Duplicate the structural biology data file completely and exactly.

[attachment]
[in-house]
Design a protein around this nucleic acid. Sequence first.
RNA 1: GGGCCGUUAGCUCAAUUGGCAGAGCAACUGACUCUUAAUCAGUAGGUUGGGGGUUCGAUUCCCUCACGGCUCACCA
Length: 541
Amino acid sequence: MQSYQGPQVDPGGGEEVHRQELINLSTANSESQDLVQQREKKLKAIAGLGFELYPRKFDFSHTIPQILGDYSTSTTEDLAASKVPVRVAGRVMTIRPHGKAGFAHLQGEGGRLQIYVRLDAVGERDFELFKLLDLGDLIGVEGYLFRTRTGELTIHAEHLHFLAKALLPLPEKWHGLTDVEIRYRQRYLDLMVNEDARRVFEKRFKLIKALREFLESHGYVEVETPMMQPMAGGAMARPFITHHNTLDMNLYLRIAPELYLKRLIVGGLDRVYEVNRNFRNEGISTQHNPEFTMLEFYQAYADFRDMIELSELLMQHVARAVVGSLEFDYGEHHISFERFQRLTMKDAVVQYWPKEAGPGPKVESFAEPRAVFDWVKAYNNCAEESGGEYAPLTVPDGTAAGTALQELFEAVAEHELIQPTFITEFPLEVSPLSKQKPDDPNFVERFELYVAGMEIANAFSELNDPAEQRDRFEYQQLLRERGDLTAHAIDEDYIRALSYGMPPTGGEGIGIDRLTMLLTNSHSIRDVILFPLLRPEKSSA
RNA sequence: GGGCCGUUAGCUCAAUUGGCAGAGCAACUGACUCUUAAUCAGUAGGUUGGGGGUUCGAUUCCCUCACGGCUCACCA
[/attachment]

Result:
[in-house]
Design a protein around this nucleic acid. Sequence first.
RNA 1: GGGCCGUUAGCUCAAUUGGCAGAGCAACUGACUCUUAAUCAGUAGGUUGGGGGUUCGAUUCCCUCACGGCUCACCA
Length: 541
Amino acid sequence: MQSYQGPQVDPGGGEEVHRQELINLSTANSESQDLVQQREKKLKAIAGLGFELYPRKFDFSHTIPQILGDYSTSTTEDLAASKVPVRVAGRVMTIRPHGKAGFAHLQGEGGRLQIYVRLDAVGERDFELFKLLDLGDLIGVEGYLFRTRTGELTIHAEHLHFLAKALLPLPEKWHGLTDVEIRYRQRYLDLMVNEDARRVFEKRFKLIKALREFLESHGYVEVETPMMQPMAGGAMARPFITHHNTLDMNLYLRIAPELYLKRLIVGGLDRVYEVNRNFRNEGISTQHNPEFTMLEFYQAYADFRDMIELSELLMQHVARAVVGSLEFDYGEHHISFERFQRLTMKDAVVQYWPKEAGPGPKVESFAEPRAVFDWVKAYNNCAEESGGEYAPLTVPDGTAAGTALQELFEAVAEHELIQPTFITEFPLEVSPLSKQKPDDPNFVERFELYVAGMEIANAFSELNDPAEQRDRFEYQQLLRERGDLTAHAIDEDYIRALSYGMPPTGGEGIGIDRLTMLLTNSHSIRDVILFPLLRPEKSSA
RNA sequence: GGGCCGUUAGCUCAAUUGGCAGAGCAACUGACUCUUAAUCAGUAGGUUGGGGGUUCGAUUCCCUCACGGCUCACCA